Raeanne Dimick last edited by
A nanometer (also nanometre) is a unit of measurement used to measure length. One nanometer is one billionth of a meter, so nanometers are certainly not used to measure long distances. Instead, they serve to measure extremely small objects, such as atomic structures or transistors found in modern CPUs.
A single nanometer is one million times smaller than a millimeter. If you take one thousandth of a millimeter, you have one micrometer, or a single micron. If you divide that micron by 1,000, you have a nanometer. Needless to say, a nanometer is extremely small.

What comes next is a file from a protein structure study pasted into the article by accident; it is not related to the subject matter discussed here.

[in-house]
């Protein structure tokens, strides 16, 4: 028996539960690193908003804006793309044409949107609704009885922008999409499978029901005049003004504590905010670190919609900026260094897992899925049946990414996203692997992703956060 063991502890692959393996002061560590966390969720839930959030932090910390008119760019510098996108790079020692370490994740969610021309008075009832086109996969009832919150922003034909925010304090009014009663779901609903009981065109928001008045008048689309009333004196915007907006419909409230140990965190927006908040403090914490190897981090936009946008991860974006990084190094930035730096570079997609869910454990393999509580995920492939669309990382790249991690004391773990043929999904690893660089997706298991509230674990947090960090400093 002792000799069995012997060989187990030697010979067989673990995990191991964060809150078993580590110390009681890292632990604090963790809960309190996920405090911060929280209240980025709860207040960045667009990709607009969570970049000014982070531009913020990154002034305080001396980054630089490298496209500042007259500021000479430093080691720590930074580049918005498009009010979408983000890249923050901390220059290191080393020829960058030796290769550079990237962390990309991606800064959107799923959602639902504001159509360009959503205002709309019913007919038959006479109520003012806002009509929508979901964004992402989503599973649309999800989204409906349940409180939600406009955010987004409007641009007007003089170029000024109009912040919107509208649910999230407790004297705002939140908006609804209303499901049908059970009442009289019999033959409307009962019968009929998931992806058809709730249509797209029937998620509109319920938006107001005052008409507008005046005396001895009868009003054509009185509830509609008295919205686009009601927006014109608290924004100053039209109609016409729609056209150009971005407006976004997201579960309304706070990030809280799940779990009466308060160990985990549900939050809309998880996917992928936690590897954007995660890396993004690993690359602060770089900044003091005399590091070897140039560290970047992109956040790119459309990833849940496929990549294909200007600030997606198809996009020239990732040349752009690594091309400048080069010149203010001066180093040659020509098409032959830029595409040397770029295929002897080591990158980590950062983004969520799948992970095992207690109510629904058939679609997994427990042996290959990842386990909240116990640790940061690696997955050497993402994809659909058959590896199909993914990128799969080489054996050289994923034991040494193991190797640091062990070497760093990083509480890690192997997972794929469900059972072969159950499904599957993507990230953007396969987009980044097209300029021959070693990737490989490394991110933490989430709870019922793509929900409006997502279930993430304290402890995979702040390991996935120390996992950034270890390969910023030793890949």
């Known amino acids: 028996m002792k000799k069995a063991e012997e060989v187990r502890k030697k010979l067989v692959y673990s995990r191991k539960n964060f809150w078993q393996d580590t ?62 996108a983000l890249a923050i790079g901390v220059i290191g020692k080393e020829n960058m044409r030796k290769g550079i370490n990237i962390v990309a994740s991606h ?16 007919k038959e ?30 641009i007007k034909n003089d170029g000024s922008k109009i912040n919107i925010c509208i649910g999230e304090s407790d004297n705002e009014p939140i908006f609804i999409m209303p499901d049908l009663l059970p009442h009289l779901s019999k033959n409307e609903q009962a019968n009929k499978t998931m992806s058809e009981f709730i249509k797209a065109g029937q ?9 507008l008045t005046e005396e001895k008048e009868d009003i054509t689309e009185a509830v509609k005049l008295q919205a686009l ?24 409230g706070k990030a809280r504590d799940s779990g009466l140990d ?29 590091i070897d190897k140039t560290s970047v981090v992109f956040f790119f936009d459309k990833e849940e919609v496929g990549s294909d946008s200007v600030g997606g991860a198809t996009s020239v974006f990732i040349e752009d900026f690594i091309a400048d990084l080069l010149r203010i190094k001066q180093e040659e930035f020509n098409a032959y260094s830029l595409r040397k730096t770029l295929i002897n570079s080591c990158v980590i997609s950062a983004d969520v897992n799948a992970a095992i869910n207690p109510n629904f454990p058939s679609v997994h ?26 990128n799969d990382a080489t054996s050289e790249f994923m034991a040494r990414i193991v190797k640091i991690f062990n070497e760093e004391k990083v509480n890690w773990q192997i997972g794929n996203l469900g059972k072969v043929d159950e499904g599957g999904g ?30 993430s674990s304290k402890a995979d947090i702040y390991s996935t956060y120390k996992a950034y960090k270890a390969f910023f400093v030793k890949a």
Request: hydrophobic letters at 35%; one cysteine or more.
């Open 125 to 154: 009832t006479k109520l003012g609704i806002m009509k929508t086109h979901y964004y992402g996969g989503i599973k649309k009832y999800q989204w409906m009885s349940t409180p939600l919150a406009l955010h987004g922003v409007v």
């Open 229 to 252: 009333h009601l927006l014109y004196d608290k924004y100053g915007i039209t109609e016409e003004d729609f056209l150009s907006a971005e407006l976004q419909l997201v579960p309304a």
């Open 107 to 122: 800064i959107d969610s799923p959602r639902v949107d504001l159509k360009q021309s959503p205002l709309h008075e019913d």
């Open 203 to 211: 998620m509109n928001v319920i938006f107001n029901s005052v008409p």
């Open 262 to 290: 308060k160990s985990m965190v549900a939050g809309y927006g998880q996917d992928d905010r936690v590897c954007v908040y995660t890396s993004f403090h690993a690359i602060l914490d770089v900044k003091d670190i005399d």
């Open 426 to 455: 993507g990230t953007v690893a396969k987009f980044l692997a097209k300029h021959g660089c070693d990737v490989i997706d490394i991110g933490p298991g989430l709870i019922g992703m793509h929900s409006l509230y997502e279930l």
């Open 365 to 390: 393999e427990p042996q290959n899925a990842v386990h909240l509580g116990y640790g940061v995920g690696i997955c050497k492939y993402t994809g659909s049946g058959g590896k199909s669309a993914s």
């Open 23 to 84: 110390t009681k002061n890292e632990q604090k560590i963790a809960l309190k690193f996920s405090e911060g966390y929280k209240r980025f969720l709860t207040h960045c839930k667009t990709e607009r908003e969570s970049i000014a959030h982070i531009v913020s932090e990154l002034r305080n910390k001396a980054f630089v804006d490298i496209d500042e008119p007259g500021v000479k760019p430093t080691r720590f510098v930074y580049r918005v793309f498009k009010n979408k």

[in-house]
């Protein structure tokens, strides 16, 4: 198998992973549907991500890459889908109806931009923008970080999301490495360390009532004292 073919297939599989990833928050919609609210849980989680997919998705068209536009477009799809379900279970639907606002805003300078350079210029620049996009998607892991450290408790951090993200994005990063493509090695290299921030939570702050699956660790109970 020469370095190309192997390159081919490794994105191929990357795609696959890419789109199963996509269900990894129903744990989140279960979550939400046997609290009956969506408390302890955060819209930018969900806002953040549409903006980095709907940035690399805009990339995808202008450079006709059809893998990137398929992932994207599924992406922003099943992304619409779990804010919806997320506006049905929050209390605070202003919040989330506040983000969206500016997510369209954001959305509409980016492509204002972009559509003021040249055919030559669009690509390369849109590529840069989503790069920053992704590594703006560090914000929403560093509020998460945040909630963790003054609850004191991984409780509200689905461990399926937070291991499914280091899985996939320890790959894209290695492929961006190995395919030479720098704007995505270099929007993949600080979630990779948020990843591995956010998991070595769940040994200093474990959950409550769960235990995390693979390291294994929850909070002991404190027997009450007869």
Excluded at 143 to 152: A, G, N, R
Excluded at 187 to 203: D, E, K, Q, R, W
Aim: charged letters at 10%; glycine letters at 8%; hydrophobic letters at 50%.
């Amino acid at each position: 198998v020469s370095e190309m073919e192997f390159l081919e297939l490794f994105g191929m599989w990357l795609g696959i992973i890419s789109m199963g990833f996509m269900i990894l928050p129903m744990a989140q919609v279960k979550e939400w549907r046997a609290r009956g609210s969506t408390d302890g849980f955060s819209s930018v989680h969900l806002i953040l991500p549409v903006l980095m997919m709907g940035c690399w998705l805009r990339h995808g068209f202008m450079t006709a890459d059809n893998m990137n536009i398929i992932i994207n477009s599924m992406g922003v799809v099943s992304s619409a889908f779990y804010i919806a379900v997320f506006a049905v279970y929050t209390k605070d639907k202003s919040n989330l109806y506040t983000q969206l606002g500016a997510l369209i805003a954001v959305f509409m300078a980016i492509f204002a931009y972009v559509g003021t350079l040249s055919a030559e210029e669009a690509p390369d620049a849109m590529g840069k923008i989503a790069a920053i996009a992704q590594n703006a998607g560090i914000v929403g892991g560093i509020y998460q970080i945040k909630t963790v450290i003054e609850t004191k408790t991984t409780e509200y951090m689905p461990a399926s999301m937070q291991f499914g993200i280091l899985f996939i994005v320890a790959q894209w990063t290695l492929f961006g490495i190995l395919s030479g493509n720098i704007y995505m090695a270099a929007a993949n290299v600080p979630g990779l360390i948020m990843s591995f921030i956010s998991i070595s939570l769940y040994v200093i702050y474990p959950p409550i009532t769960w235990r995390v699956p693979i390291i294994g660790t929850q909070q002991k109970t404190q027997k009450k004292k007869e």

Since integrated circuits, such as computer processors, contain microscopic components, nanometers are useful for measuring their size. In fact, different eras of processors are defined in nanometers, in which the number defines the distance between transistors and other components within the CPU. The smaller the number, the more transistors that can be placed within the same area, allowing for faster, more efficient processor designs.
Intels processor line, for example, has included chips based on the 90-nanometer, 65-nanometer, 45-nanometer, and 32-nanometer processes. In 2011, Intel released chips that were created using a 22-nanometer process. Intels Broadwell design, introduced in 2014, uses a 14-nanometer process.
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